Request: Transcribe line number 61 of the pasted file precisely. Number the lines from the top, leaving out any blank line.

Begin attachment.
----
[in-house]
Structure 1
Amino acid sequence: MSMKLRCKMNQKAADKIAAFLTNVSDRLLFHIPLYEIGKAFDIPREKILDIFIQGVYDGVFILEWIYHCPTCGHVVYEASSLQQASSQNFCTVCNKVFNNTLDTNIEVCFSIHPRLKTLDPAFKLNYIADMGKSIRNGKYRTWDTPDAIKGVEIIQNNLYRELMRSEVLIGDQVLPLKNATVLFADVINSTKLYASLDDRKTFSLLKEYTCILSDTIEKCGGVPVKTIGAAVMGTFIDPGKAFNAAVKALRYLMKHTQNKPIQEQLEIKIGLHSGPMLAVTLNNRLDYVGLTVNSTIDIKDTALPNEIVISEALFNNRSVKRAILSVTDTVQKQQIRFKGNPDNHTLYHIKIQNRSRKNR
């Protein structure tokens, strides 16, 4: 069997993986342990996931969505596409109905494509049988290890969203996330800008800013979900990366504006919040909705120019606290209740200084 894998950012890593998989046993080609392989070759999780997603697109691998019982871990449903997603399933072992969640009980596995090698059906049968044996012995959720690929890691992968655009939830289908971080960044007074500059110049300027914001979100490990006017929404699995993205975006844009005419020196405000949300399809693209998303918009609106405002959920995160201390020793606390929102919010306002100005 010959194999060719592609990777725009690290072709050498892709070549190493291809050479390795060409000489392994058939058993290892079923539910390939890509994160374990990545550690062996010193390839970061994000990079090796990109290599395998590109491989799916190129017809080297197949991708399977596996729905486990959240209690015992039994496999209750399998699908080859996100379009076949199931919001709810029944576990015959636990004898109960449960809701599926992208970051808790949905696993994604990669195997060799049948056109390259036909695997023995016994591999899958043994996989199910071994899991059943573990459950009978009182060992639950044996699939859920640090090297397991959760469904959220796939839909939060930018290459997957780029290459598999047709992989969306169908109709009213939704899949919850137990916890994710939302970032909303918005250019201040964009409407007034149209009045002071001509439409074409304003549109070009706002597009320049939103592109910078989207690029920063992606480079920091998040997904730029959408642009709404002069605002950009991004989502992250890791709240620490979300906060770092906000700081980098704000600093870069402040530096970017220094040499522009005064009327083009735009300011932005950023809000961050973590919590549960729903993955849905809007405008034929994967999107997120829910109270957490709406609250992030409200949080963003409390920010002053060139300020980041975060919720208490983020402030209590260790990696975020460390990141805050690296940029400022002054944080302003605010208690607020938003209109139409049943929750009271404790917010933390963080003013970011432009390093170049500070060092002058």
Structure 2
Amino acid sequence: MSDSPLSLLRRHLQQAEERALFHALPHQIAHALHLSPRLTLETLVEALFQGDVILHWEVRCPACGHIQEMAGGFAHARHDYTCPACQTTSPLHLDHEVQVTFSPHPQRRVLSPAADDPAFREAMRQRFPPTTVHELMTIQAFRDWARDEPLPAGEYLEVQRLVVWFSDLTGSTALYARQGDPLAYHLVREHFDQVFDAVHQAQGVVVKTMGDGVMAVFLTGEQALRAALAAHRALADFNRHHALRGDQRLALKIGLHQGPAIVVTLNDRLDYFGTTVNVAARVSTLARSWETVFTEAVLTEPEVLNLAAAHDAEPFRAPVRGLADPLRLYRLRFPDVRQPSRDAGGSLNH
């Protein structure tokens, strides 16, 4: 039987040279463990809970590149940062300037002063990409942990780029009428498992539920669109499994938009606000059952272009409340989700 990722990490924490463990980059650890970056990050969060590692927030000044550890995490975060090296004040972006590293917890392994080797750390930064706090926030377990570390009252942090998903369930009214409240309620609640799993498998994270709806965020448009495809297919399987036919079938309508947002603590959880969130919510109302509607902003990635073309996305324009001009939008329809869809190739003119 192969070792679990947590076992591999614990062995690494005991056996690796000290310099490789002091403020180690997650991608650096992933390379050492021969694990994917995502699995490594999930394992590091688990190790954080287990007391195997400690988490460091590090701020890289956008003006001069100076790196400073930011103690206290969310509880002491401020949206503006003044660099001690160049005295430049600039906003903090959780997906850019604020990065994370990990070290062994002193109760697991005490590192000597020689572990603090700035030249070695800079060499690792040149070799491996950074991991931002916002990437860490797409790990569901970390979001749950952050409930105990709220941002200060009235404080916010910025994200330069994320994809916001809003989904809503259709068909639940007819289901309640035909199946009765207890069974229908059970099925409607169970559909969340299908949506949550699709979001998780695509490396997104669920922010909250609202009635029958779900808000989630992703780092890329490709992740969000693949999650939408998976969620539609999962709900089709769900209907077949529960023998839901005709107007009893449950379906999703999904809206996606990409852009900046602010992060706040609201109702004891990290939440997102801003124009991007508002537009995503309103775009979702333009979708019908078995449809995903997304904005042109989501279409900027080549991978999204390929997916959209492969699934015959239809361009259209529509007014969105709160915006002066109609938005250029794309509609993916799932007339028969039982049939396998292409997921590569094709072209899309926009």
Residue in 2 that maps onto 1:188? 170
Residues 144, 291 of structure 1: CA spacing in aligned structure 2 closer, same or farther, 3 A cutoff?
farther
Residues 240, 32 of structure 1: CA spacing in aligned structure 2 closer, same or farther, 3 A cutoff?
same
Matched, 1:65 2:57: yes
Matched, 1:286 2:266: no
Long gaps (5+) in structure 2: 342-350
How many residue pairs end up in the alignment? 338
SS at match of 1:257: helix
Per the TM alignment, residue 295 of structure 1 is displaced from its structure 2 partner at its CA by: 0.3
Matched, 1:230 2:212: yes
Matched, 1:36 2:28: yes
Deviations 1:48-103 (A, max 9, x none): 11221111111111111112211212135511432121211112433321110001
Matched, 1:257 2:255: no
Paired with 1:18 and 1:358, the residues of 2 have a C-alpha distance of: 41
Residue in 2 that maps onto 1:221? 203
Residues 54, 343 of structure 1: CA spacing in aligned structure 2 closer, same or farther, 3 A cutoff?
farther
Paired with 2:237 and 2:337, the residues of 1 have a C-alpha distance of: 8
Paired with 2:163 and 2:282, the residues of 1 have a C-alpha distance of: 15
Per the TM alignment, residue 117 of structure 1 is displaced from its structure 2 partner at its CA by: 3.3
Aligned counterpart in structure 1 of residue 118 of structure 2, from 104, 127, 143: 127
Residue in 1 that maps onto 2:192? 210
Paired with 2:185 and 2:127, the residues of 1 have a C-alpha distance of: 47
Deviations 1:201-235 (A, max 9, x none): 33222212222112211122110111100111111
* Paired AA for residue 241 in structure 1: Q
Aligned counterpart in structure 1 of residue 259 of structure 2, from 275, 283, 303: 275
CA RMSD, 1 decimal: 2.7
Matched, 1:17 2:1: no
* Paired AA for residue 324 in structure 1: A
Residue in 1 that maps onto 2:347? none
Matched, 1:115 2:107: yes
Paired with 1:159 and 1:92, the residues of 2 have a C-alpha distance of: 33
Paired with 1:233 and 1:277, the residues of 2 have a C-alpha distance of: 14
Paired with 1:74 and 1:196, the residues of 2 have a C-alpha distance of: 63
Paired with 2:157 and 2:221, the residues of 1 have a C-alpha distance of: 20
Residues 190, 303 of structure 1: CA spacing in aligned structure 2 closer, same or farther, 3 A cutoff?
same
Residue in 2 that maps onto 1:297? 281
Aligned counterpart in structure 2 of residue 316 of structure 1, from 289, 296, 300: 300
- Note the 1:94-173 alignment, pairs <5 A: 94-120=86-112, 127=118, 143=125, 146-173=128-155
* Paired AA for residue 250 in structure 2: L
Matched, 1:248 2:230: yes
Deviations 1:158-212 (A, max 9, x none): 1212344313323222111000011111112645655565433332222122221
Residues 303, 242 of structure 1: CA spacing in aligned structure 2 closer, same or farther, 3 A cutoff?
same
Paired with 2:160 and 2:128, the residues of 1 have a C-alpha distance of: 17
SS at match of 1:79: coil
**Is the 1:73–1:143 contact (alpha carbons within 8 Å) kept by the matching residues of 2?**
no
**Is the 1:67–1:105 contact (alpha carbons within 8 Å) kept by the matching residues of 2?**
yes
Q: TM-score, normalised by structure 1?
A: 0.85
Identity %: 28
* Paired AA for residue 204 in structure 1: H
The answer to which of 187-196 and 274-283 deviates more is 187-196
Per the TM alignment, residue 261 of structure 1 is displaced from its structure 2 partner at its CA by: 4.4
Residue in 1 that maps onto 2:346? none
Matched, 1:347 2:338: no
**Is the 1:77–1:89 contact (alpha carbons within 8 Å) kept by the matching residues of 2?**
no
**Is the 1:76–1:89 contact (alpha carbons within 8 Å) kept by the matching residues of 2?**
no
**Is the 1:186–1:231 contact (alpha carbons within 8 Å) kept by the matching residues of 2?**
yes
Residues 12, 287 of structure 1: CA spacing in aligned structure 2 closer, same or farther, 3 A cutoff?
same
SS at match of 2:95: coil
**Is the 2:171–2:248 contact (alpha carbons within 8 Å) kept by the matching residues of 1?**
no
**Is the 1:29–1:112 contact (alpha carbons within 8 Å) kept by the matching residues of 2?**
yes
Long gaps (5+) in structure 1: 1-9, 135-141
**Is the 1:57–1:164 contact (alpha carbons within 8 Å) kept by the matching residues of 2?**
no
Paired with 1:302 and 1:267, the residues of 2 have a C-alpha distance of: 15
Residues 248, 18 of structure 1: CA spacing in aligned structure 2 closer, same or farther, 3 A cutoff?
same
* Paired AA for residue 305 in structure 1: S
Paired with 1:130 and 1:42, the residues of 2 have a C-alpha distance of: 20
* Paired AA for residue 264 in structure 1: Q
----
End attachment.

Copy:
Q: TM-score, normalised by structure 1?